The American Cleaning Institute (ACI)

Researchers Unlock the Mysteries of Fabric Softener Science

  • Kao Corporation Scientists Honored With ACI Distinguished Paper Award
  • Research Article Recognized as Best 2016 Paper in Journal of Surfactants & Detergents

Millions of consumers love the "softness" of their clothing after using liquid fabric softeners. Scientists from the Kao Corporation in Japan have unlocked the mechanism describing how these products work effectively on cloths and yarns, which could pave the way to more effective softening products.

Their research was honored with the American Cleaning Institute (ACI) Distinguished Paper Award, recognizing the most outstanding research to appear in 2016 in the Journal of Surfactants and Detergents.

"The reason why fabric softeners can soften fabrics likes towels had been conventionally understood by the simple keyword of ‘sliding’, where the product slides between fibers or yarns by lowering the friction between them," said Ms. Takako Igarashi, a Kao scientist and paper co-author.

"When we observed the cotton towel which was naturally dried before the treatment by fabric softeners, however, the texture of this dried towel gave us the impression of not only stiffness but ‘hardness,’ as if it was glued by something. This hard texture was not related to ‘sliding’ or friction."

In their research, Ms. Igarashi and her colleagues first focused on understanding why a fabric hardened when a fabric softener wasn’t used.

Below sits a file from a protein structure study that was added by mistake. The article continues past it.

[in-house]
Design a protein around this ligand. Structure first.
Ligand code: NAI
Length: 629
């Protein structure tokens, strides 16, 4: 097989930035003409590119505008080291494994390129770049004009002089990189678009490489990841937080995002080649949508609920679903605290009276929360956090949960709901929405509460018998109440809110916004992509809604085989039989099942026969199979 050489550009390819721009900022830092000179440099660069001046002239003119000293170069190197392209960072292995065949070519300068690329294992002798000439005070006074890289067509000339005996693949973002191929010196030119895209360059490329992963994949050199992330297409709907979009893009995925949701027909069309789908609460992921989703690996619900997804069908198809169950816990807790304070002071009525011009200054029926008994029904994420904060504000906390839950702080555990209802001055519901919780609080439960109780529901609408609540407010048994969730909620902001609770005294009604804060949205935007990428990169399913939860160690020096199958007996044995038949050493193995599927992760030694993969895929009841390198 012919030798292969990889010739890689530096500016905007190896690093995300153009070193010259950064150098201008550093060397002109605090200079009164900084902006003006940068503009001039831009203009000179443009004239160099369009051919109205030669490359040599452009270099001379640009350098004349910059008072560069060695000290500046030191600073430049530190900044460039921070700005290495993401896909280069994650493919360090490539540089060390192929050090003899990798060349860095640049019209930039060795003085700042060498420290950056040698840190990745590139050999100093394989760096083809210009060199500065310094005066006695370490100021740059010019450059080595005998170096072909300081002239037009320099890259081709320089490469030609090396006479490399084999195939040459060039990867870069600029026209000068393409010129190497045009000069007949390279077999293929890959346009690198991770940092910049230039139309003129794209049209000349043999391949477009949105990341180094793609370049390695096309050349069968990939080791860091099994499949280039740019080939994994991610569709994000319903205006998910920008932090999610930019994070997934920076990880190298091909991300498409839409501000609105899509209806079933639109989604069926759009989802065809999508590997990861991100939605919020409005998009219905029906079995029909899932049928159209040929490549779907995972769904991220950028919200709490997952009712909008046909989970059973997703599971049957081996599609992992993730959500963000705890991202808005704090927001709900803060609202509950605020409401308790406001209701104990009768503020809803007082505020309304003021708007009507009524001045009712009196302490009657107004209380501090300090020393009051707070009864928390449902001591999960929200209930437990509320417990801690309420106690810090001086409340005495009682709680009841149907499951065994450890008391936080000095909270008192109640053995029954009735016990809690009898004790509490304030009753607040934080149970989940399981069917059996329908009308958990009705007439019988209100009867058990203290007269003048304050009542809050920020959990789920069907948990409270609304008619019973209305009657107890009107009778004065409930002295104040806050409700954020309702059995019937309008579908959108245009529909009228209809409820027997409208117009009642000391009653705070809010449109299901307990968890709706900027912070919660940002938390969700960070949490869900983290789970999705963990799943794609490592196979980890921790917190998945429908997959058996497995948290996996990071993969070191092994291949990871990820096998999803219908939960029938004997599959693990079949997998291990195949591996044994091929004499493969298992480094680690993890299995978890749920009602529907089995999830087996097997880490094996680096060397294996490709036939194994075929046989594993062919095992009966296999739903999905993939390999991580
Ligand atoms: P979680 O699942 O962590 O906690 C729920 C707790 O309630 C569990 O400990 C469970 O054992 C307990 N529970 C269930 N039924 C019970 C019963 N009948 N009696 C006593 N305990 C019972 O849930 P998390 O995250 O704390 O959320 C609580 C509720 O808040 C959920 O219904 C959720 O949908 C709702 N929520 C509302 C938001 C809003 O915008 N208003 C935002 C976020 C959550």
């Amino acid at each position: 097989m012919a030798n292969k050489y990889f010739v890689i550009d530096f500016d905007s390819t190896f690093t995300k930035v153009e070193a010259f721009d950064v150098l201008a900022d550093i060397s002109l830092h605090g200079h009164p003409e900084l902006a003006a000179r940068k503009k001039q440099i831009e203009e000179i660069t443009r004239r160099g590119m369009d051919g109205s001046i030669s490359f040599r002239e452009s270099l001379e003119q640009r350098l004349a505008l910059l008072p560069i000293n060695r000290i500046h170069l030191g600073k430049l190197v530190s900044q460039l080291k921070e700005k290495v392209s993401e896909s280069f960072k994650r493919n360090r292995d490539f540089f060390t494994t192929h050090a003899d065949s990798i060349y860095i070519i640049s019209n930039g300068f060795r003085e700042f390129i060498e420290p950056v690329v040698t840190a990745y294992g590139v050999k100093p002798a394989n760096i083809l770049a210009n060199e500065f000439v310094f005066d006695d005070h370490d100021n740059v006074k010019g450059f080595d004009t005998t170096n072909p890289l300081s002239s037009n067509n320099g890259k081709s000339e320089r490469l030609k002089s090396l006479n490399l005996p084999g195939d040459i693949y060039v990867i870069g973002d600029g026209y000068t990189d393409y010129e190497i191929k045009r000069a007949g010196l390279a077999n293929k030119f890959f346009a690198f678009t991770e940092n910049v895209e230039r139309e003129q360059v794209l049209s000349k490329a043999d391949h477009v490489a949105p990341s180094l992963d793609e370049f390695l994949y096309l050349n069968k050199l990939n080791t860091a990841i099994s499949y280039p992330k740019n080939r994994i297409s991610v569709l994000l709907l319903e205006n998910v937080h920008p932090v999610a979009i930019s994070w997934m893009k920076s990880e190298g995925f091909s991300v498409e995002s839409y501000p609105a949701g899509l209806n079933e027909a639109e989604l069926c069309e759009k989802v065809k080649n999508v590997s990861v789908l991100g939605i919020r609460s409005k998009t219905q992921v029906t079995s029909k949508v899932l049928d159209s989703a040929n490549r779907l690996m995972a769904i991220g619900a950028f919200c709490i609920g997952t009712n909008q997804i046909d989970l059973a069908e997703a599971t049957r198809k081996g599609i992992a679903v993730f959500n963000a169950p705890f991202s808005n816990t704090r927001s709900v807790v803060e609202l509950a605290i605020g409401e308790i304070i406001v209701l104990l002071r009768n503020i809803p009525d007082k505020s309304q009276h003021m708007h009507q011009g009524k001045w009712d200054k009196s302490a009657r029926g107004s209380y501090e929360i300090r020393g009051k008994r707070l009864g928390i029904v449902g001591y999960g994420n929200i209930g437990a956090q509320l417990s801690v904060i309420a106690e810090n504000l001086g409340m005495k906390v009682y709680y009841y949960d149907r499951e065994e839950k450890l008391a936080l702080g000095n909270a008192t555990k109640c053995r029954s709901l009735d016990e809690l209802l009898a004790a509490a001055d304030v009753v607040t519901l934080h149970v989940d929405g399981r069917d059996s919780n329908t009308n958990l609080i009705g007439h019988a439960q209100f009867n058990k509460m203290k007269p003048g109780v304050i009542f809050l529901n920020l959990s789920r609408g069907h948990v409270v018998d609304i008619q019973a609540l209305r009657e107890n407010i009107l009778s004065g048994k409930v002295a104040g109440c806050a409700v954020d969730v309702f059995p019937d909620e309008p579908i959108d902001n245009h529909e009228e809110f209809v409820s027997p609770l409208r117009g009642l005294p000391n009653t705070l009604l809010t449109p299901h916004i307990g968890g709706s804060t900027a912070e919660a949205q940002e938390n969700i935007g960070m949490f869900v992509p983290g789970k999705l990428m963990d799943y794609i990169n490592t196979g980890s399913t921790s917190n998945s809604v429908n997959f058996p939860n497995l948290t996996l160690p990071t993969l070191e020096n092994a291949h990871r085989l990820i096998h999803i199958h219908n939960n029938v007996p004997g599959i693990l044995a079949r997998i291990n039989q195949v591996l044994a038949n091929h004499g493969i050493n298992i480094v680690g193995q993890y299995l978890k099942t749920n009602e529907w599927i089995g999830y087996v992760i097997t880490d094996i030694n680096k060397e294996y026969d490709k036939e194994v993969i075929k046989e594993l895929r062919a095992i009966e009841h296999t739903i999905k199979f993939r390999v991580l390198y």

"We concluded that this hardening phenomenon is because of ‘hydrogen bonding,’ in which the non-frozen bound water plays the main role of the formation of cross-linkage between the cotton fibers. We proposed the new theory that the softening effect of fabric softener was considered to be mainly caused by the inhibition of the formation of the hydrogen-bonding-based cross-linkage by non-frozen bound water between single fibers.

"We also found that the softening agent has a tendency to adsorb preferentially to the more exposed part of yarns through several unique observation methods. This means that the role of fabric softeners at the unexposed point on the yarns is less important to cause the feel of softness."

Researchers found that the concentration of softening agent decreases from the outer to inner part of the yarns; this outer part loses its hardness and the inner part maintains the hardness caused by the abovementioned hydrogen bonding. With these findings, this particular uneven adsorption of softening agent is regarded as the key phenomenon to give proper softness together with bouncy feel to fabrics such as cotton towels.

"With these new understandings and theory, we can test new possibilities and may be able to design new effective softening agents, formulations or systems," said Ms. Igarashi.

The paper, Elucidation of Softening Mechanism in Rinse-Cycle Fabric Softeners. Part 2: Uneven Adsorption-The Key Phenomenon to the Effect of Fabric Softeners appeared in the Journal of Surfactants and Detergents, July 2016, volume 19, Issue 4, pp 759-773. It is authored by Takako Igarashi, Koichi Nakamura, Masato Hoshi, Teruyuki Hara, Hironori Kojima, Masatsugu Itou, Reiko Ikeda, and Yoshimasa Okamoto.

ACI’s Distinguished Paper Award is presented at the Annual Meeting of the American Oil Chemists’ Society, during a luncheon of the group’s Surfactants and Detergents Division.

Contact: Brian Sansoni, American Cleaning Institute, 202.662.2517 or